But our night of food-tourism didn’t end there: I bought rose ice cream from a vendor, NJ and I shared in hotteok, a sweet desert pancake filled with a mixture of brown sugar and roasted seeds. I’m linking a recipe because everyone in the world must try this at least once in their lives. We finished the night off with boba tea. Too full to think, and too full to care! Eight for eight!

All of that was done leisurely, and with a flight leaving at 4PM the next day, we knew we’d only have time to squeeze in one more thing. When we’d first arrived in Gwangbok-ro, I’d noticed a strange escalator.

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Turns out this escalator actually takes people up a mountain. We rode it happily, luggage in hand, to go to Busan Tower, because the weather had turned miraculously sunny, and in my life, I’ve never had a good view of a city when I plan to go see it. Busan Tower is absolutely worth going to see on a clear day. The view is tremendous, and it was the perfect final inning for our perfect game in Busan.

All in all, a well-spent trip. Even without a map, or a plan, or any Korean language skills to help us. This trip taught me that spontaneity can be a wonderful thing, even in a completely unfamiliar environment. So, my suggestion to you: get out there, and get lost!

If you’re interested in seeing the rest of the photos, and our visit to the Model Ship Exhibition Hall in Busan Tower, check out my Flickr gallery here:

https://flic.kr/s/aHskm6dYeK

56 thoughts on “Busan, South Korea

  1. What a great journey!! Love all the pics – so much RED foods, haha.. which means they are all spicy!!! Thank you for also linking my hotteok recipe~it is gooood isn’t it?? 😉

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    1. SO GOOD! Thank you for writing it out in a way that I could find it! 😀 Did you know your recipe is the #3 Google search result? ^_^ Congratulations! I can’t wait to try your recipes!

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  2. Great article, Alex!

    I lived and worked in Busan for many years (Seoul too). Nice to see some familiar places 🙂 I do miss Busan at times. Some of those old women in visors are all candidates for Judge’s in MegaCity 1…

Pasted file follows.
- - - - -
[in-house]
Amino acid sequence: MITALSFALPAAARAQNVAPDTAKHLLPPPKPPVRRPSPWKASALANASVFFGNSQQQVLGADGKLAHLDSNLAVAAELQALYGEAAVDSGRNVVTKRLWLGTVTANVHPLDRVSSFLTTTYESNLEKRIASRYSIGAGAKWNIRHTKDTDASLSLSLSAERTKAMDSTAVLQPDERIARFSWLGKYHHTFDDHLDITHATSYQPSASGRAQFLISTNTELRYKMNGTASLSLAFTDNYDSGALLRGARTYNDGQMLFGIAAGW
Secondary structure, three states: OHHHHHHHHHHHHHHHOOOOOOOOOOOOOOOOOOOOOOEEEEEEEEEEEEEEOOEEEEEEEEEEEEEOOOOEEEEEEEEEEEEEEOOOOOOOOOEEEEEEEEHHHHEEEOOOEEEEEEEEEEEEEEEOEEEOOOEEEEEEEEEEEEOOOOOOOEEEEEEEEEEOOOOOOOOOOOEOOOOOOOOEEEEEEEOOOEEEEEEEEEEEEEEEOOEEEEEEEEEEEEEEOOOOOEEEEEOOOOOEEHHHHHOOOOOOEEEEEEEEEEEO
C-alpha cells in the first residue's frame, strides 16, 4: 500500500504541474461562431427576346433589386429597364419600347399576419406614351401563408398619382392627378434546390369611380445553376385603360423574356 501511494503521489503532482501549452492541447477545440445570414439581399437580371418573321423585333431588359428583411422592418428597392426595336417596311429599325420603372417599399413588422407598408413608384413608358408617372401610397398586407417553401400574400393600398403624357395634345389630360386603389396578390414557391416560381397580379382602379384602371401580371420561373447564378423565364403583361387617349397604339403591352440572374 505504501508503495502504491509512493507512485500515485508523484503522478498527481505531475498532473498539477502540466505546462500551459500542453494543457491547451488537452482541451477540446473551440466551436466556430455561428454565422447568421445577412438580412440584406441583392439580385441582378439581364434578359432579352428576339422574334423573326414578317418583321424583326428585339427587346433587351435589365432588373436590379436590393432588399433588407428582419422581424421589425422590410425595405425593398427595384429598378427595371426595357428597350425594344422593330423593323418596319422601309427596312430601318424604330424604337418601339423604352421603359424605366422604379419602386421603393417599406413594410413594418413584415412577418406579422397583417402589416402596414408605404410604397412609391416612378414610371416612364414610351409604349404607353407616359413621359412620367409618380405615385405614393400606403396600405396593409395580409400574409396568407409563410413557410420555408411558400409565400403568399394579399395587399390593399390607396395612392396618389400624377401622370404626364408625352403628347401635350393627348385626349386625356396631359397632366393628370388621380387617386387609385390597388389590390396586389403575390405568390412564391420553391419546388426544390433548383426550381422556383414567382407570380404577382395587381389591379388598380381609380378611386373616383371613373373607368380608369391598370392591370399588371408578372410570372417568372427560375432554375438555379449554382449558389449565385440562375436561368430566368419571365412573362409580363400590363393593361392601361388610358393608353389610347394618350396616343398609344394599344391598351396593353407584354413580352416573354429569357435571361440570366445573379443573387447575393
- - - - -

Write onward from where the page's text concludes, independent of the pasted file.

Korea is very different from Japan despite being so close (I suppose parts of Osaka are similar though). I’m somewhat surprised that you weren’t able to use any Japanese though. There are a lot of restaurants around the port area that cater specifically for Japanese tourists that come over on the ferry from Fukuoka (I worked there as well). Still, it sounds like you did well 😉

    If you ever decide to head over again I’d be happy to let you in on a few restaurants and pubs that you just have to visit and which are all off the beaten track!

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    1. Wow! I’m beginning to feel like we have quite a bit more crossed experiences that I thought originally! That’s really cool that you were in Seoul. What were you in the country for?

      To be fair, I could use some English, and some Japanese, but not when I really felt I needed it. There is one word everyone knew, though, and that was ONE! 😀 Which was always spoken with an emphatic finger movement. One of my favorite things about ordering food in Korea. 😉

      Yeah, I’d definitely want those recommendations if we go back. The food was out of this world, and unlike in Japan, lots of unpickled greens!

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      1. I was engaged in defensive counterintelligence operations (I can’t name the countries here). I was brought in specifically for risk assessment regarding cultures, resources, and methods with an aim towards ‘bringing in assets’ from other ‘agencies’.

        I maintained my cover for a number of years as an ESL instructor, moving to various theatres throughout Asia as required. Hopefully, no one will find… hang on I just need to answer the door…

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    1. There’s way more in CA than I ever gave it credit for, though! If I ever live there again, I’m going to try and find new things to go and do. But yeah… the trip was pretty awesome. 🙂 The food made my body very, very happy.

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    1. Thanks so much, Lynz! The crazy thing about a lot of those pictures is that I actually had to bring DOWN the color saturation to make the details stand out. Korea is a very colorful, yummy place!

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  3. It sounds like the two of you had a WONDERFUL time and I love seeing all of the amazing pictures. I’m kind of glad you didn’t stay in the hotel to write as you had originally thought. You experienced a whirlwind of awesome things and not only does that feed the soul with joy it also feeds your writing, even if not directly.

    You are making me very excited for my own trip next year. Most of our time in Kyoto and at least one day in Osaka is set aside as ‘get lost’ days. There are a few things I specifically want to see and do, but mostly I just want to get out on the streets and see what there is to see!